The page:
Distant Worlds With ‘Rain of Diamond’ May Populate The Universe, Scientists Say

Scientists on Friday speculated that diamond rain may be falling on planets throughout the universe after simulating the odd precipitation thought to originate deep inside Uranus and Neptune using everyday plastic.

Scientists had previously postulated that thousands of kilometers beneath the surface of the ice giants, under conditions of great pressure and temperature, carbon and hydrogen are transformed into solid diamonds.

Now, new research, published in Science Advances, added oxygen to the mix and discovered that “diamond rain” may occur more frequently than previously believed.

Since ice giants like Neptune and Uranus are believed to be the most prevalent type of planet outside of our Solar System, diamond rain may be present throughout the entire Universe.

The Difference In Rainfall

One of the study’s authors, Dominik Kraus, a physicist at the German HZDR research facility, noted that diamond precipitation was very dissimilar from rain on Earth. The diamonds are thought to originate in a “hot, dense liquid” beneath the planets’ surfaces, where they gradually descend to the rocky, potentially Earth-sized cores more than 10,000 kilometers (6,200 miles) below.

According to Kraus, the diamonds that have fallen there may have formed huge layers that extend “hundreds of kilometers or possibly more.” He claimed that although these diamonds might not be polished and cut like “a magnificent gem on a ring,” they were created by the same forces that exist on Earth.

What Is The Scientists’ Observation?

The research team identified the essential ratio of carbon, hydrogen, and oxygen with the aim of replicating the process.Kraus stated that even though the researchers used PET plastic that was extremely clean, “the experiment should work with Coca-Cola bottles” in theory.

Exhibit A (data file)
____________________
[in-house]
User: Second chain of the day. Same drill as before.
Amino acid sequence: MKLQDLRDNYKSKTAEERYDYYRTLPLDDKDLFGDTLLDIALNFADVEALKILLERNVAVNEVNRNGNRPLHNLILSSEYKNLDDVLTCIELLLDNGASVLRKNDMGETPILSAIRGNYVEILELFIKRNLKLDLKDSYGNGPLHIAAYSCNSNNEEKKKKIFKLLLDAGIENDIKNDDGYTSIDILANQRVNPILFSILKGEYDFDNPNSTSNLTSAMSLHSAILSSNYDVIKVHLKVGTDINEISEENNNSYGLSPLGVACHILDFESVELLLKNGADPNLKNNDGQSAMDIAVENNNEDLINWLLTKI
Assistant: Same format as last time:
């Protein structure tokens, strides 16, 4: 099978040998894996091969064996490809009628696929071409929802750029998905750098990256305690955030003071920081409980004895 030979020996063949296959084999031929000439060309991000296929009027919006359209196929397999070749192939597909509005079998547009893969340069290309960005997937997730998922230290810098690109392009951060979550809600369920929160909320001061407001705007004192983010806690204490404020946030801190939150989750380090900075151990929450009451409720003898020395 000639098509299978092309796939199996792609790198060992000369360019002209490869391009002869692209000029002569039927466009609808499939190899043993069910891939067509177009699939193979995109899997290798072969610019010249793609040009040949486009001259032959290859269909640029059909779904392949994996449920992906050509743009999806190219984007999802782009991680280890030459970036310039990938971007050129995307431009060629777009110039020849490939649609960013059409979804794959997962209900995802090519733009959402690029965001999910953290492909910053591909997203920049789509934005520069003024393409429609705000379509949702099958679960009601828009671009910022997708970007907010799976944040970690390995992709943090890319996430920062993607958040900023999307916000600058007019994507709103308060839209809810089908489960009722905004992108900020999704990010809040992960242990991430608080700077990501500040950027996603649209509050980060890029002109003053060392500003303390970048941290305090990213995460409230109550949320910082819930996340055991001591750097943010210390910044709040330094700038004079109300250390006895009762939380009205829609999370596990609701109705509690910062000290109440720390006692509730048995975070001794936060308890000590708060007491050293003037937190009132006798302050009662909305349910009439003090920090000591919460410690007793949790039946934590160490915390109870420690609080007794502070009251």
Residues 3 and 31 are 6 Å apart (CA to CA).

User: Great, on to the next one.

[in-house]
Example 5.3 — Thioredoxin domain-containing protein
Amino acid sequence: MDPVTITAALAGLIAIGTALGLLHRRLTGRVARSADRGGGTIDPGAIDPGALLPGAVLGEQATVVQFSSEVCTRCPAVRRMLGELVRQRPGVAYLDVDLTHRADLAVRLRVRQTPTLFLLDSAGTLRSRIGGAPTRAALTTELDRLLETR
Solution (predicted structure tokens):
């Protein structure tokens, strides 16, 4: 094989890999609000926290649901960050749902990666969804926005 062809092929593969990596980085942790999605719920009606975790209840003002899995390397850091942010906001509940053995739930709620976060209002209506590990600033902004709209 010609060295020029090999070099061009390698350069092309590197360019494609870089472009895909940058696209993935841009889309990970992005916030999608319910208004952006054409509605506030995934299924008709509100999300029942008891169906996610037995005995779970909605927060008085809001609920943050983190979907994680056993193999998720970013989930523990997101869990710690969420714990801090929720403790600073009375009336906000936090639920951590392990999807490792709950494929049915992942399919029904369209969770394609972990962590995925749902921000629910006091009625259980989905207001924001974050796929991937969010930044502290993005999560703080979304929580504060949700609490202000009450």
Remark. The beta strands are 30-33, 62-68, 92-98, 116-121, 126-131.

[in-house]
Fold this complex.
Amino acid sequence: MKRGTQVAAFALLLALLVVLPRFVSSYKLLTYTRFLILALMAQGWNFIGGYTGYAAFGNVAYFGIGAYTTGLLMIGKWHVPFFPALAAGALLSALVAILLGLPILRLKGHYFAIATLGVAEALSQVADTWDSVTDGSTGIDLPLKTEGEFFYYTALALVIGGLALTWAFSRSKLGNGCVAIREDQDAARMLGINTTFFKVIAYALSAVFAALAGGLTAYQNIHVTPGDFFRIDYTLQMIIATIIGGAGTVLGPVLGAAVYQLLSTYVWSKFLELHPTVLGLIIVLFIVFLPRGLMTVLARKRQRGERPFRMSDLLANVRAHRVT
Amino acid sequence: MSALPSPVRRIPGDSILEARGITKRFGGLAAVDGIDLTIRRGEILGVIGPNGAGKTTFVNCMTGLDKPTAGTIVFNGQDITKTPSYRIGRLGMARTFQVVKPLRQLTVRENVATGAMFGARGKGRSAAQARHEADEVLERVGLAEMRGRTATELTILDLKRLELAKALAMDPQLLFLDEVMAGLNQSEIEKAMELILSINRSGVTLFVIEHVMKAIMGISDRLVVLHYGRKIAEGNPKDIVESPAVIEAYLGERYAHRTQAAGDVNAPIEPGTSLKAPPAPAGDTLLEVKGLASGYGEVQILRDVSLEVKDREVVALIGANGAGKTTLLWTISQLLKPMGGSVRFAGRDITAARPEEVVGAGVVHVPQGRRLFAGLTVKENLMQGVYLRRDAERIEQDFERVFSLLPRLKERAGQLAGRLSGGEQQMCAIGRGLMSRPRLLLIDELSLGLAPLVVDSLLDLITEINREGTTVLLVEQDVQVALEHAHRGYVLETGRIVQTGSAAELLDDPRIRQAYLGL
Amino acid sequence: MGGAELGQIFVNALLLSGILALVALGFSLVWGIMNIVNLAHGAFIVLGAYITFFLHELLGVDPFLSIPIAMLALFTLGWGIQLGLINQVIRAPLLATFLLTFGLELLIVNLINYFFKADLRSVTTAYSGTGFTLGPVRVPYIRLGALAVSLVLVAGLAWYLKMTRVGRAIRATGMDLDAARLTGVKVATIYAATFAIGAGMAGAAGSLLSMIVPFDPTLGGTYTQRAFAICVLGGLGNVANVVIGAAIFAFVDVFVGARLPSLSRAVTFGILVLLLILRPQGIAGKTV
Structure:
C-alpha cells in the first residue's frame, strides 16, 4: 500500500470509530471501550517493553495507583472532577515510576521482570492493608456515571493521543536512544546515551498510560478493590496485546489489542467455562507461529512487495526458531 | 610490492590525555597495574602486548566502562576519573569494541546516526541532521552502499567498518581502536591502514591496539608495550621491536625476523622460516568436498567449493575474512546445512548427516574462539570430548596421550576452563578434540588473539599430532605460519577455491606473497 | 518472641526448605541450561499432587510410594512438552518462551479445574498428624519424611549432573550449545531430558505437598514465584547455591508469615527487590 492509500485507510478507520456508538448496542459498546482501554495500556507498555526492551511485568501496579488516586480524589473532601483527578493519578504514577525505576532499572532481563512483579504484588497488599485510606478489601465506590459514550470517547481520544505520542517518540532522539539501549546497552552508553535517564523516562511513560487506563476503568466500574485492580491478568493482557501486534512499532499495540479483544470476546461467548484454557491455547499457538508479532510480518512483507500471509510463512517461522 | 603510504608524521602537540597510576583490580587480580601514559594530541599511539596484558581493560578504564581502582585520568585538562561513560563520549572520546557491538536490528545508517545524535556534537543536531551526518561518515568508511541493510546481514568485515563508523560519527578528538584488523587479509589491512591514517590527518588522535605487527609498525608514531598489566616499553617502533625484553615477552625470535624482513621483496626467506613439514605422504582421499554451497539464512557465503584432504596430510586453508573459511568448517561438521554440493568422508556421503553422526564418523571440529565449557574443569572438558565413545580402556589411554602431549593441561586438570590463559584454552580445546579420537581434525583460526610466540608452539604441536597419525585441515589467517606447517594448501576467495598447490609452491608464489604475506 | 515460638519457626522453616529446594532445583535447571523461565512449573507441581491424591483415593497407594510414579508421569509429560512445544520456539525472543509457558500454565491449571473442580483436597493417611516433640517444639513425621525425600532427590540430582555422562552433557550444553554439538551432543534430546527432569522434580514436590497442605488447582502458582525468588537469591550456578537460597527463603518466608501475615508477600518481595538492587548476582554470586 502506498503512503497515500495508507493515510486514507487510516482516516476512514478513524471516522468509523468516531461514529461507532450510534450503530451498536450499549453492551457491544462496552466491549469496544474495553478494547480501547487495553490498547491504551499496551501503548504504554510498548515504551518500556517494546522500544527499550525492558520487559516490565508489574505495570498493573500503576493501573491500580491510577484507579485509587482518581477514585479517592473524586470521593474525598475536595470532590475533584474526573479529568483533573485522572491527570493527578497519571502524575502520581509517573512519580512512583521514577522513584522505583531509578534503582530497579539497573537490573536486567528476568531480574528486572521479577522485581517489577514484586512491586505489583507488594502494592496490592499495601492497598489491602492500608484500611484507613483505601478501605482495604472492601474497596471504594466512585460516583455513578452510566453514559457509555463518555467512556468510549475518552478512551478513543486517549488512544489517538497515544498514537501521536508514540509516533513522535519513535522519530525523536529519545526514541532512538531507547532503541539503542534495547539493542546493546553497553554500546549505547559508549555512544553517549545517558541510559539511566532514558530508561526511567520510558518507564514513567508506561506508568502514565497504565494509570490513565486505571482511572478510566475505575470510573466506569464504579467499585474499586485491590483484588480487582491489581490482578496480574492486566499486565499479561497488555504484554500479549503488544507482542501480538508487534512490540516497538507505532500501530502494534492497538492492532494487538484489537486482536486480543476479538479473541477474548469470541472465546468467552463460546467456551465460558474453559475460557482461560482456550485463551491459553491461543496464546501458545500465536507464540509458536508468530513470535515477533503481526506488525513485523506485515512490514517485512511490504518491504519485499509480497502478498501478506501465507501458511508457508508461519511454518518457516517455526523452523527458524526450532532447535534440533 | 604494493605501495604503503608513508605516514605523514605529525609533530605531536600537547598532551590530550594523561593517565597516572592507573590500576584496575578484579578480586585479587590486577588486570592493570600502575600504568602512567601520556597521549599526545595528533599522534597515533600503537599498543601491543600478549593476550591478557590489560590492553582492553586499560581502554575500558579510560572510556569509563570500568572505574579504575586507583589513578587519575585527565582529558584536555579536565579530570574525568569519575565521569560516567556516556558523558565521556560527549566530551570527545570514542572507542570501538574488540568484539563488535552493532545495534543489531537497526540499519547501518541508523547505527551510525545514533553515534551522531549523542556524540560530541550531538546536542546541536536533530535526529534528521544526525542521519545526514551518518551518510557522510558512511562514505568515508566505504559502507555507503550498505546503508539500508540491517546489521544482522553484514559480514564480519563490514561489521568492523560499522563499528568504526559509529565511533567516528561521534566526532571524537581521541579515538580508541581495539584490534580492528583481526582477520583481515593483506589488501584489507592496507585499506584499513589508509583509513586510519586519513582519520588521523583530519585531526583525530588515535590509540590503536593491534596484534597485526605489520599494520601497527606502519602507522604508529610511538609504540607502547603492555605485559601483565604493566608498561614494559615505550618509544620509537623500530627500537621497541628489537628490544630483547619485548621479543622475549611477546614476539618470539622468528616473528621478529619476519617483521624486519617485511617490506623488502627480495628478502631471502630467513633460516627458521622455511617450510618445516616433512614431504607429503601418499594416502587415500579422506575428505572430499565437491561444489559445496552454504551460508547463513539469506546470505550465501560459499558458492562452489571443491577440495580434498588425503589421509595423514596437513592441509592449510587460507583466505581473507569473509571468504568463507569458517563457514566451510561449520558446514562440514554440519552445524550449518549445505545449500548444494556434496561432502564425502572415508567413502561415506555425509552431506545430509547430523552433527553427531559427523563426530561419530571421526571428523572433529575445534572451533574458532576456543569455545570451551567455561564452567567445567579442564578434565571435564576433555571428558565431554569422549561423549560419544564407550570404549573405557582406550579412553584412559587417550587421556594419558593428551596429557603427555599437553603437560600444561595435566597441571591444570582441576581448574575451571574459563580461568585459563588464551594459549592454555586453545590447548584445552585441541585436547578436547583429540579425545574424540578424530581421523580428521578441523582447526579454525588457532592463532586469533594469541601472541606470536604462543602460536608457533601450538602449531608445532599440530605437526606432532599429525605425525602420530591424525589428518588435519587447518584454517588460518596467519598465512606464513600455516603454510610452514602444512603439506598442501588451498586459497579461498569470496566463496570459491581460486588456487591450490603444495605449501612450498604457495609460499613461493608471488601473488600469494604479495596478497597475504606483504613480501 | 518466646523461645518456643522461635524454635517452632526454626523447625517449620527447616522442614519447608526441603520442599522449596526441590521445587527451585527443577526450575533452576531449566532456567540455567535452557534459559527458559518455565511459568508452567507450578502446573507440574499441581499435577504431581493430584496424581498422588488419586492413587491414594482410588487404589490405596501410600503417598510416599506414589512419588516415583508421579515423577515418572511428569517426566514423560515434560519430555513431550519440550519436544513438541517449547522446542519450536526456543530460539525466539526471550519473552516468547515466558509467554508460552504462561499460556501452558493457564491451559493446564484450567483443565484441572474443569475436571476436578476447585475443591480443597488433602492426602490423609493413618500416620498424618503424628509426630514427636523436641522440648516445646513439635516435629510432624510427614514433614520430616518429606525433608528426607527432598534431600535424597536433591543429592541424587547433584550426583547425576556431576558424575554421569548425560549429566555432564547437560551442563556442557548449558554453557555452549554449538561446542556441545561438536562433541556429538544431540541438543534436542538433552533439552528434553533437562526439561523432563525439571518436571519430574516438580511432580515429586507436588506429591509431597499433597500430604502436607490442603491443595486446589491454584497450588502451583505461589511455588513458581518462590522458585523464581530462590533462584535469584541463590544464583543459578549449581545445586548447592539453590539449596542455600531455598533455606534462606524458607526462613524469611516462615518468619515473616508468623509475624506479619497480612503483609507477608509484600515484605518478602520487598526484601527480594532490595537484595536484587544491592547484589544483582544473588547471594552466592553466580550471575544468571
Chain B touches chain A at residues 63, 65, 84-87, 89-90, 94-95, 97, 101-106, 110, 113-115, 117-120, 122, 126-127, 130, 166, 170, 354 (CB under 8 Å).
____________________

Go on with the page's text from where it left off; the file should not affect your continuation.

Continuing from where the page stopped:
At the SLAC National Accelerator Laboratory in California, the scientists next used a strong optical laser to cut through the plastic. They were able to observe the formation of nanodiamonds—tiny diamonds too small to be seen with the naked eye—using “very, very short X-ray flashes of tremendous brilliance,” according to Kraus.

He continued, “It’s really easier for those diamonds to form because the oxygen that is present in significant quantities on those planets really helps suck away the hydrogen atoms from the carbon.


The experiment might reveal a new method for creating nanodiamonds, which have a growing number of uses, such as drug delivery, medical sensors, minimally invasive surgery, and quantum electronics.

According to SLAC researcher and study co-author Benjamin Ofori-Okai, “the way nanodiamonds are now generated is by taking a pile of carbon or diamond and blowing it up using explosives.

“He continued, “Laser synthesis may provide a cleaner and easier to manage approach to generate nanodiamonds. Since little is known about Uranus and Neptune, the two most distant planets in our Solar System, the diamond rain research is still purely theoretical.

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